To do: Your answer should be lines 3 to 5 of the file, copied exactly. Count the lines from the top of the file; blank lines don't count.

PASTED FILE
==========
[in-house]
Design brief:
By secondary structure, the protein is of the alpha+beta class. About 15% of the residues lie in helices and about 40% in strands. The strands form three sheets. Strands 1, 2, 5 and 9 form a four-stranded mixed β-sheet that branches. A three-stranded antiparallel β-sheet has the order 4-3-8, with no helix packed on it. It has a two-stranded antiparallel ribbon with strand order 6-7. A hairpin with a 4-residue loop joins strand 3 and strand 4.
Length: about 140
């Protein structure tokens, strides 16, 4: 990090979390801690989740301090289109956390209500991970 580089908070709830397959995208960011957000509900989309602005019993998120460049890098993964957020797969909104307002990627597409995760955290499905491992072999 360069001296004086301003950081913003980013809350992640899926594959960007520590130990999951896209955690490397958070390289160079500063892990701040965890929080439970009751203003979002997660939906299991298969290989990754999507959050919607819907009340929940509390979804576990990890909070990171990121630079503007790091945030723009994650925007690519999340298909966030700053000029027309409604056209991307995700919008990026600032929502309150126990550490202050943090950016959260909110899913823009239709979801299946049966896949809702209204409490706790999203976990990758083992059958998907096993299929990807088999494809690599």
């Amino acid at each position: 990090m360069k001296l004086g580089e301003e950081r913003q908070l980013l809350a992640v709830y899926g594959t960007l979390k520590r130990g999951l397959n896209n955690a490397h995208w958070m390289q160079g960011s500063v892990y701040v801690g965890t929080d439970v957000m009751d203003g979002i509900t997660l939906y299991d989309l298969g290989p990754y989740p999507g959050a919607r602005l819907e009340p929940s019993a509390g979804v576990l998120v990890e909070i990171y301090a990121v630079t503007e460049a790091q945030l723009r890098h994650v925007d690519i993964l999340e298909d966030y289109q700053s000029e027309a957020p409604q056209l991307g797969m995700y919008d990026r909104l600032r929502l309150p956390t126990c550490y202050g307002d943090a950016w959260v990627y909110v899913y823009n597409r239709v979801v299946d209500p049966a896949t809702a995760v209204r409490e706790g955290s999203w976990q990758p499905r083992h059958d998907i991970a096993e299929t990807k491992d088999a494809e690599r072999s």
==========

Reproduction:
By secondary structure, the protein is of the alpha+beta class. About 15% of the residues lie in helices and about 40% in strands. The strands form three sheets. Strands 1, 2, 5 and 9 form a four-stranded mixed β-sheet that branches. A three-stranded antiparallel β-sheet has the order 4-3-8, with no helix packed on it. It has a two-stranded antiparallel ribbon with strand order 6-7. A hairpin with a 4-residue loop joins strand 3 and strand 4.
Length: about 140
């Protein structure tokens, strides 16, 4: 990090979390801690989740301090289109956390209500991970 580089908070709830397959995208960011957000509900989309602005019993998120460049890098993964957020797969909104307002990627597409995760955290499905491992072999 360069001296004086301003950081913003980013809350992640899926594959960007520590130990999951896209955690490397958070390289160079500063892990701040965890929080439970009751203003979002997660939906299991298969290989990754999507959050919607819907009340929940509390979804576990990890909070990171990121630079503007790091945030723009994650925007690519999340298909966030700053000029027309409604056209991307995700919008990026600032929502309150126990550490202050943090950016959260909110899913823009239709979801299946049966896949809702209204409490706790999203976990990758083992059958998907096993299929990807088999494809690599």